Software is not an asset - I know everyone thinks it is, but its not; its a liability - its very existence generates cost. Every minute someone spends coping with it in order to adjust the behavior of hardware (which is an asset) is a net-credit on the balance sheet and a decrease in profitability. A necessary expense in many cases, but a cost nonetheless. Getting rid of it goes directly to the bottom line.
Software isn't a thing - its a form of communication. Just as no one would list meeting minutes, or recordings of the CEO's speech as company assets, software should be seen as stored communications (with hardware). Its value should be viewed in how it changes behavior; its very existence should be seen as creating risk, and its deletion as key to a healthy techno-ecosystem.
This is the essential argument behind why refactoring is worthwhile, and why its value isn't really comparable to writing code. Its also why its hard for non-programmers to see that value - because they think of programmer time as a credit, when really its can also be a debit.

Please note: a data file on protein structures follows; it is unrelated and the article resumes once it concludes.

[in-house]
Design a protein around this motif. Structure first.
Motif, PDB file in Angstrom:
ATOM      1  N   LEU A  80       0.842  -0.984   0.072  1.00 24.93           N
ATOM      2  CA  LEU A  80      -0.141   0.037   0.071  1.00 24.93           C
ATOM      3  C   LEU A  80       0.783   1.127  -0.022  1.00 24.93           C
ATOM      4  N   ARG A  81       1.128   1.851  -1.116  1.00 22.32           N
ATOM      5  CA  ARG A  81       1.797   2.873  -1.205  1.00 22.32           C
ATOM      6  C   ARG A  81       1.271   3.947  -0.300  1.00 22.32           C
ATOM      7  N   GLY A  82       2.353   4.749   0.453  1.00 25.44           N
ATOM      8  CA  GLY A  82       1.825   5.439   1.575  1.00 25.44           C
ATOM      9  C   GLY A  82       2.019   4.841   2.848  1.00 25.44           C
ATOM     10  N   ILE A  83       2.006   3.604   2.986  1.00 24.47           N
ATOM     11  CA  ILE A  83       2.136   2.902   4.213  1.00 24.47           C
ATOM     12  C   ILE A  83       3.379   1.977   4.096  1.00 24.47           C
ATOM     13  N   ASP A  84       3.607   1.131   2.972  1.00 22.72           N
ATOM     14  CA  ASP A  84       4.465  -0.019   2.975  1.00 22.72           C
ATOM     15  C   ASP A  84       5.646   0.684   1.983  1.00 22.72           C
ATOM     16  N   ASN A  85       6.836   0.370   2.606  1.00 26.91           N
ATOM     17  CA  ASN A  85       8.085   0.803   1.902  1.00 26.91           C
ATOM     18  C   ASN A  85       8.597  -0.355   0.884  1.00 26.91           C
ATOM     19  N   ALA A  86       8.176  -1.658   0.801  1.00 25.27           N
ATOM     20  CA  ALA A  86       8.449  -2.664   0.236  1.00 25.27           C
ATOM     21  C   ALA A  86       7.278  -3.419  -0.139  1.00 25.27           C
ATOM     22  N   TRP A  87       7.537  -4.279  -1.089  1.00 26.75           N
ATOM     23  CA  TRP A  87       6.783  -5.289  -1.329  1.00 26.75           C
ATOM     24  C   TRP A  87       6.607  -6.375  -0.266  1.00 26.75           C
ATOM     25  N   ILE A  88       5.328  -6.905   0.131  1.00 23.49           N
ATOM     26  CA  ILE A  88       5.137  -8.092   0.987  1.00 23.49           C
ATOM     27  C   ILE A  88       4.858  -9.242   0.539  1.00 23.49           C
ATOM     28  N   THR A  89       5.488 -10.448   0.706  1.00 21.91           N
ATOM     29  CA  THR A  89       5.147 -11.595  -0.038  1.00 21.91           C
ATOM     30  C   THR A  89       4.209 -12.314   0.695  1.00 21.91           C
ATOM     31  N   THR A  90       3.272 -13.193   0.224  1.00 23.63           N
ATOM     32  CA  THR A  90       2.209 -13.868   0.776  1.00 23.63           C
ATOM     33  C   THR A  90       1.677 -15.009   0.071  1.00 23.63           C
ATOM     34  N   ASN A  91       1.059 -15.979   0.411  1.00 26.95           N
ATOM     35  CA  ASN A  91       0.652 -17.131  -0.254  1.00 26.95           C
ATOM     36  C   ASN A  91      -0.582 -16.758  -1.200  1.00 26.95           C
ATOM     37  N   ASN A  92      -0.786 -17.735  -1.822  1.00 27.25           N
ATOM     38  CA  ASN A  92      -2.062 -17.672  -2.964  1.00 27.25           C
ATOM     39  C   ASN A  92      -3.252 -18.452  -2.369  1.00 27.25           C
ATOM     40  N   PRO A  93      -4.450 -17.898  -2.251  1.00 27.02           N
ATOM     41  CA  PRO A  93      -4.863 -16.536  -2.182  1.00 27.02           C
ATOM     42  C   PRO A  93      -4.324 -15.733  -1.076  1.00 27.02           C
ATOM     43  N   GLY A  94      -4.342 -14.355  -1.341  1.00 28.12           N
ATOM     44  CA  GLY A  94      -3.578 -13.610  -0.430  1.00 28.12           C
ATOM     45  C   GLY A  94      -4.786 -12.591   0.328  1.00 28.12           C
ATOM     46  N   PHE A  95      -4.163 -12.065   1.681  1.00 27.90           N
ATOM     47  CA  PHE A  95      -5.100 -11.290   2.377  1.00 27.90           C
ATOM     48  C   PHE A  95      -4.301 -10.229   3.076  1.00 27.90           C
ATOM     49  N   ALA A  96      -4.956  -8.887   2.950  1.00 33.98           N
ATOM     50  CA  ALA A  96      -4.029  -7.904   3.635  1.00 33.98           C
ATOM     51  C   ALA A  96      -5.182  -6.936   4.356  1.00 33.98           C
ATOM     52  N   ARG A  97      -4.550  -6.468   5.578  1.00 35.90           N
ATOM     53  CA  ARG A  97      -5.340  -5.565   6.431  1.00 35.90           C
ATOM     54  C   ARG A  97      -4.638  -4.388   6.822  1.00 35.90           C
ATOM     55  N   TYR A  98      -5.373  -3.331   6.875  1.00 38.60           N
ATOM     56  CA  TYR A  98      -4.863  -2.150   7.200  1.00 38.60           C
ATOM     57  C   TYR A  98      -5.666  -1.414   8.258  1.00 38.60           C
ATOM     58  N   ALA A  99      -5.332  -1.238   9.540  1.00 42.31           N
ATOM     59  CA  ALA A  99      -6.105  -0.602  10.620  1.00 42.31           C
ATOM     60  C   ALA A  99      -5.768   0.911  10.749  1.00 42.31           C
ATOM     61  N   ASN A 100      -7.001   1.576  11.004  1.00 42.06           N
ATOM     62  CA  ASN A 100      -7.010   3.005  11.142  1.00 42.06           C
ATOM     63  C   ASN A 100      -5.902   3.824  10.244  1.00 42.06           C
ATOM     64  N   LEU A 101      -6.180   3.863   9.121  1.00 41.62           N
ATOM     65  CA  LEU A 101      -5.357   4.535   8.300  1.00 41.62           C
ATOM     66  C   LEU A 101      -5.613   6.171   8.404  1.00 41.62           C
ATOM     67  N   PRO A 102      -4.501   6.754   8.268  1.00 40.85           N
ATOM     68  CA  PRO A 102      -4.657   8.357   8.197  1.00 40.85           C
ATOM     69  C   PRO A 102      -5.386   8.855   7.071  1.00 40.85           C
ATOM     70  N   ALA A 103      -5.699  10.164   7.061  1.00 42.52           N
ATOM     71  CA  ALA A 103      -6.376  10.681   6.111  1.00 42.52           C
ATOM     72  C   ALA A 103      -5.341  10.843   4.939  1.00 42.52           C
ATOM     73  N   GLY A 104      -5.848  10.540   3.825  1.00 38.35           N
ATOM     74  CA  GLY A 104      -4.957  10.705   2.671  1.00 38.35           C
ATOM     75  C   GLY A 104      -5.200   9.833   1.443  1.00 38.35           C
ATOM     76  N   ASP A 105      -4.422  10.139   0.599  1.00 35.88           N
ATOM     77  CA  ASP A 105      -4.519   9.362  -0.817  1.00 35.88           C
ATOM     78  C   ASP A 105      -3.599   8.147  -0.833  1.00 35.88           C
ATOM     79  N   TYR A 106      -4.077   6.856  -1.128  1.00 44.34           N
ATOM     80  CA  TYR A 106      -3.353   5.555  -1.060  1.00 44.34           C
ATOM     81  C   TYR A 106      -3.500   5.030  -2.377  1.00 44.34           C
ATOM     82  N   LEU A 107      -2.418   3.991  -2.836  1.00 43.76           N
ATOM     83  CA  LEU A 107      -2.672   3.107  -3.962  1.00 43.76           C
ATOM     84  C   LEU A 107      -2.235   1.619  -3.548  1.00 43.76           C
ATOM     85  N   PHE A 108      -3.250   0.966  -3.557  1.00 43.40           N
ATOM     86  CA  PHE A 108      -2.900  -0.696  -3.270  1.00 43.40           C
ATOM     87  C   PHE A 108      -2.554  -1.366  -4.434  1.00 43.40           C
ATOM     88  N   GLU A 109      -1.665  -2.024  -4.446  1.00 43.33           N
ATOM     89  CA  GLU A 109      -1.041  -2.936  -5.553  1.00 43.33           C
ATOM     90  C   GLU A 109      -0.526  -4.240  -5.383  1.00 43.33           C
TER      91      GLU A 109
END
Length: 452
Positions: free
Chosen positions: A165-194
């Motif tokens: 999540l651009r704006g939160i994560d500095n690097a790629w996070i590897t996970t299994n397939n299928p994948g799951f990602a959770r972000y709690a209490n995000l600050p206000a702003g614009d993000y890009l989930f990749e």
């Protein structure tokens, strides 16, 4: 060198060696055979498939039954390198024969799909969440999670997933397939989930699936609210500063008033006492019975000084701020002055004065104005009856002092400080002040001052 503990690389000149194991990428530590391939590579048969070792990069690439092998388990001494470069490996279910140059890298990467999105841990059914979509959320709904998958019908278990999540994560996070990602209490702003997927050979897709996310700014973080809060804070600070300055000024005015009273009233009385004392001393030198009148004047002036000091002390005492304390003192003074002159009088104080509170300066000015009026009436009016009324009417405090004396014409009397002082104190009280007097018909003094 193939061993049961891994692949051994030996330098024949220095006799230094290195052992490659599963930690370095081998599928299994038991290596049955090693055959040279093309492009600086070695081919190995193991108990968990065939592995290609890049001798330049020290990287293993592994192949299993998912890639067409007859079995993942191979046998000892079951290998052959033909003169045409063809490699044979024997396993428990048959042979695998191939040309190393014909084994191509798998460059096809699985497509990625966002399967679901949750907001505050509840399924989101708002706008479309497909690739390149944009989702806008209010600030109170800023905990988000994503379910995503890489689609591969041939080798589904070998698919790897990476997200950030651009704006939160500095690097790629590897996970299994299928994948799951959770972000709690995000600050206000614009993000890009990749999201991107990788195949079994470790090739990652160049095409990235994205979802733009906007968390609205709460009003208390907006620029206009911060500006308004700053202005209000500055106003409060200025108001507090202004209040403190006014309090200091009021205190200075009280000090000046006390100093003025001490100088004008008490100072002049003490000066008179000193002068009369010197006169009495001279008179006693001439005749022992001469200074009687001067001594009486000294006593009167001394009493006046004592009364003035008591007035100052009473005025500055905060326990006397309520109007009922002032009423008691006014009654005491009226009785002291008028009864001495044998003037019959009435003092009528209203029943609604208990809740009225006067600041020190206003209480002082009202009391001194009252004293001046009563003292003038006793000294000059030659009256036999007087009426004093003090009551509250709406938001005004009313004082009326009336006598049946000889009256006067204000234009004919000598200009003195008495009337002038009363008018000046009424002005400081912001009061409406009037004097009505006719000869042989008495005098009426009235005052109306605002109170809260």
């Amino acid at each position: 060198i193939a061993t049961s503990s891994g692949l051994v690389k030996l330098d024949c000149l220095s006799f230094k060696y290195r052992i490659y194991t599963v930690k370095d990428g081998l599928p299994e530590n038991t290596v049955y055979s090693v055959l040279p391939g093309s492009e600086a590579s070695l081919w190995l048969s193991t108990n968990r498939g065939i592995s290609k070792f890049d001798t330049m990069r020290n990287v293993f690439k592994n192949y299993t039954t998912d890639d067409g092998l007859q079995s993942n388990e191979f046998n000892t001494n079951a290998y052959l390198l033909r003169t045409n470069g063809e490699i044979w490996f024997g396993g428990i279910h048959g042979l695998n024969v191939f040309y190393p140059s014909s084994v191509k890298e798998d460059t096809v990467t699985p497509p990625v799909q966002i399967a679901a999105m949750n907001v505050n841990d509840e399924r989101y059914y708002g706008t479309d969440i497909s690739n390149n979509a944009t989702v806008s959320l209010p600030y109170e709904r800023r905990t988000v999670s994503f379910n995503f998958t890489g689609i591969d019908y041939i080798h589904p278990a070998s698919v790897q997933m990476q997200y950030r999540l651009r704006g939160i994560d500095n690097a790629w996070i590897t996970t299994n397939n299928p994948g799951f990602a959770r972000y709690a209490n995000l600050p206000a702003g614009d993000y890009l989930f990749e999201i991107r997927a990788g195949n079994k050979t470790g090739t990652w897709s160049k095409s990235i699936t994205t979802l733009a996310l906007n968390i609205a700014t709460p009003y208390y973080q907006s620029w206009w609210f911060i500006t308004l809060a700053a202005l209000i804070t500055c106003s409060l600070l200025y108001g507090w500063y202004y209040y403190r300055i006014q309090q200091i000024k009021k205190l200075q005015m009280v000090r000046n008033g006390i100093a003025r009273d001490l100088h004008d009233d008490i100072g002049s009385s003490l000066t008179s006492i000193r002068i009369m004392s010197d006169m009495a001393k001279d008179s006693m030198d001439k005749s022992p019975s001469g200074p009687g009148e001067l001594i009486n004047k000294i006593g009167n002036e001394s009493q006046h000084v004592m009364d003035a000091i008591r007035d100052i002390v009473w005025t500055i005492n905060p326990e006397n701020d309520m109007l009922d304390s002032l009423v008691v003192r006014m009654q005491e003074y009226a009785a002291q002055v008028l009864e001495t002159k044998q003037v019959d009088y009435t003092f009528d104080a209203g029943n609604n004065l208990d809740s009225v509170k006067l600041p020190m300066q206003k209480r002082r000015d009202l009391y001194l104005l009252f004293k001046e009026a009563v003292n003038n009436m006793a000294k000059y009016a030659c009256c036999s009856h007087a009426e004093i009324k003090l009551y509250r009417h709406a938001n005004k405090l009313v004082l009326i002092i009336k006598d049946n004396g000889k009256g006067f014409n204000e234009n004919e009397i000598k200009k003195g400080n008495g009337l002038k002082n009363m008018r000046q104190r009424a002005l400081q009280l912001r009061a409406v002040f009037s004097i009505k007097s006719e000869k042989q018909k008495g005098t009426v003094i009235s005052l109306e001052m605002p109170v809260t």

My advice to managers (and everyone else): Want a sure fire way to add value to your organization? Reward and encourage deleting of unused code; fight for and insist that programmers be given time to refactor and otherwise eliminate unused code, and don't account for time spent doing so in the same way you do the creation of code.
My advice to programmers: Delete unused code at every opportunity and scale (function, class, file, project, organization); don't compare the effort to do so to writing code; work at all times to have your software feature-set reflect its actual, operational use.